Prostate, Lung, Colorectal, and Ovarian Cancer Screening Trial (PLCO) cohort. Molecular Carcinogenesis, 51(1), 128-137. Retrieved from https://www.ncbi.nlm.nih.gov/pmc/articles/PMC3516181/

Collins, K. (2007, January 1). American Institute for Cancer Research (AICR) – What’s Your Vegetable-to-Meat Ratio? Retrieved from http://preventcancer.aicr.org/site/News2?abbr=pr_hf_&id=11001&printer_friendly=1

Jung, A. (n.d.). Healthier Grilling: Tips to Reduce Cancer Risk | Reader’s Digest. Retrieved from http://www.rd.com/health/healthy-eating/guidelines-healthier-grilling-cancer-risk/

National Cancer Institute. (2015, October 19). Chemicals in Meat Cooked at High Temperatures and Cancer Risk – National Cancer Institute. Retrieved from https://www.cancer.gov/about-cancer/causes-prevention/risk/diet/cooked-meats-fact-sheet

Nerurkar, P. V., Marchand, L. L., & Cooney, R. V. (1999). Effects of Marinating With Asian Marinades or Western Barbecue Sauce on PhIP and MeIQx Formation in Barbecued Beef. Nutrition and Cancer, 34(2), 147-152. Retrieved from https://www.ncbi.nlm.nih.gov/pubmed/10578481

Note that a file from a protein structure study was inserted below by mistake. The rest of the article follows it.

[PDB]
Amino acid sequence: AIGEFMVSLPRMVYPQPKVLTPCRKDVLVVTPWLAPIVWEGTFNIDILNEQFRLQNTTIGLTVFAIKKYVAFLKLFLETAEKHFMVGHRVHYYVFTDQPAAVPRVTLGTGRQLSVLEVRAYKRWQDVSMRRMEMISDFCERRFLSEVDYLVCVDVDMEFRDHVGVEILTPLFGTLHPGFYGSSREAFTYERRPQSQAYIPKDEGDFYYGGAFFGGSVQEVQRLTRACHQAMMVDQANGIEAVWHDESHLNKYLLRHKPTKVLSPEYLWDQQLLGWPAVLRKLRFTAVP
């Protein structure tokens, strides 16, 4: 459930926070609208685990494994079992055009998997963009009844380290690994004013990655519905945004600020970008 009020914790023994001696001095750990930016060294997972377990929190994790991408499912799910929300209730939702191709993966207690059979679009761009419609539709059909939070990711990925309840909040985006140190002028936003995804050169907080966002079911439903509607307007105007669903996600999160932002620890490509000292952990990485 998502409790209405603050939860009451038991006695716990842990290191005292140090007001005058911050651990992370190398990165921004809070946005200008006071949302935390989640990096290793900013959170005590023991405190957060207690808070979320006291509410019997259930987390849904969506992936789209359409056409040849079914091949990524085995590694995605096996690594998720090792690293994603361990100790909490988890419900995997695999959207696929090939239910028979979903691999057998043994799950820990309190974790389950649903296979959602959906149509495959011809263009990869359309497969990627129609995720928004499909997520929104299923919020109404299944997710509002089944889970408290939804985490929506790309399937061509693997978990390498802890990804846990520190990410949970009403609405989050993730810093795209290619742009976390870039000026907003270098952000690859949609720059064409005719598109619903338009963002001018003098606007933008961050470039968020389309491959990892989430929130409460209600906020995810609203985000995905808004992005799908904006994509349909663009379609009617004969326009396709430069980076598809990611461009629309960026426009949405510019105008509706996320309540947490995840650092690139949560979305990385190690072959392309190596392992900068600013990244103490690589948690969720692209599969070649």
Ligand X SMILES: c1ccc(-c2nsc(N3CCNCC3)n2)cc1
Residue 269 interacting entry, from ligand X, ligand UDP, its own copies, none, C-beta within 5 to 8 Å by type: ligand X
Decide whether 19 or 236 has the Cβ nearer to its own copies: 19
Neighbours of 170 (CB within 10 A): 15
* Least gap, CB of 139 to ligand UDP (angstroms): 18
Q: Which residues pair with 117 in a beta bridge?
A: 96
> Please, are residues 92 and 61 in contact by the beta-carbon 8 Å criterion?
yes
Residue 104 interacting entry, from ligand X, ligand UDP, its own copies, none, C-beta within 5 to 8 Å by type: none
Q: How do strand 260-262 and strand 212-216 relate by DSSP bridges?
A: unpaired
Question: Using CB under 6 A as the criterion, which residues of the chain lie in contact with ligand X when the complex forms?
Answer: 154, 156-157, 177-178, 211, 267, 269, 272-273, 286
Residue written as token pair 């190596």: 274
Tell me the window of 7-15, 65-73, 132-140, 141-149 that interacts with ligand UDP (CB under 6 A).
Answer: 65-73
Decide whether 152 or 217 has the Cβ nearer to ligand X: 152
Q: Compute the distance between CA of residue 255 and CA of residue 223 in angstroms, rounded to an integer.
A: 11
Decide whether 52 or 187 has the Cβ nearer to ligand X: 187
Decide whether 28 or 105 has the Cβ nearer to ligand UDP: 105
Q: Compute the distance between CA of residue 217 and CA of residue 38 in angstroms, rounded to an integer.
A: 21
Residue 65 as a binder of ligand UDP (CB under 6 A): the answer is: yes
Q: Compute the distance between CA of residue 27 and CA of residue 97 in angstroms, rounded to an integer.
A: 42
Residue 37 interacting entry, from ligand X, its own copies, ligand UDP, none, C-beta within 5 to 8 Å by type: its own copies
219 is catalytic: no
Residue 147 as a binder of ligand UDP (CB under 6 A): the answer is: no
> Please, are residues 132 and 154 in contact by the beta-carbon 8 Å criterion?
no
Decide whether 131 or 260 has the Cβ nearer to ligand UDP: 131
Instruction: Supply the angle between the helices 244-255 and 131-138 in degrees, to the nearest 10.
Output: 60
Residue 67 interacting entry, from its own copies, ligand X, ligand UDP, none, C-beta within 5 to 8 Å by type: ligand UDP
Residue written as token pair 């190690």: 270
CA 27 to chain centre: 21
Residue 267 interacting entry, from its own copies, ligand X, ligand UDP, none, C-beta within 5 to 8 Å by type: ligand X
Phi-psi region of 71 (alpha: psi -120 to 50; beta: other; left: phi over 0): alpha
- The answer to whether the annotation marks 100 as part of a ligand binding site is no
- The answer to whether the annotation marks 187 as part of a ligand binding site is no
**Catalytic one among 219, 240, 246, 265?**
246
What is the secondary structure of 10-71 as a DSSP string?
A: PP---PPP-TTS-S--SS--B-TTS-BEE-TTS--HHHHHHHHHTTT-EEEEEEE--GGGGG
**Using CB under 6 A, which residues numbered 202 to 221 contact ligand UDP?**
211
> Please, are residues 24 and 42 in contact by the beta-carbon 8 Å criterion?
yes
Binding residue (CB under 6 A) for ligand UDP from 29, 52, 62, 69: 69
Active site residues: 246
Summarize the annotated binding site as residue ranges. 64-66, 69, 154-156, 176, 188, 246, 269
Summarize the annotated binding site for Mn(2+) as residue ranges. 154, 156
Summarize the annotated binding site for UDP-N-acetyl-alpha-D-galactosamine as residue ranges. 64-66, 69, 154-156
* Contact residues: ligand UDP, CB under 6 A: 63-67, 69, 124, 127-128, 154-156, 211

Persson, E., Graziani, G., Ferracane, R., Fogliano, V., & Skog, K. (2003). Influence of antioxidants in virgin olive oil on the formation of heterocyclic amines in fried beef burgers. Food and Chemical Toxicology, 41(11), 1587-1597. Retrieved from https://www.ncbi.nlm.nih.gov/pubmed/12963012

Roberts, A. (2016, June 14). Grilling by the numbers – CNN.com. Retrieved from
http://www.cnn.com/2013/06/21/living/grilling-by-the-numbers/

Schor, J. (2010). Marinades Reduce Heterocyclic Amines from Primitive Food Preparation Techniques. Natural Medicine Journal, 2(7). Retrieved from http://www.naturalmedicinejournal.com/journal/2010-07/marinades-reduce-heterocyclic-amines-primitive-food-preparation-techniques

University of Arkansas, Food Safety Consortium. (2008, May 24). To Block The Carcinogens, Add A Touch Of Rosemary When Grilling Meats — ScienceDaily. Retrieved from https://www.sciencedaily.com/releases/2008/05/080521184129.htm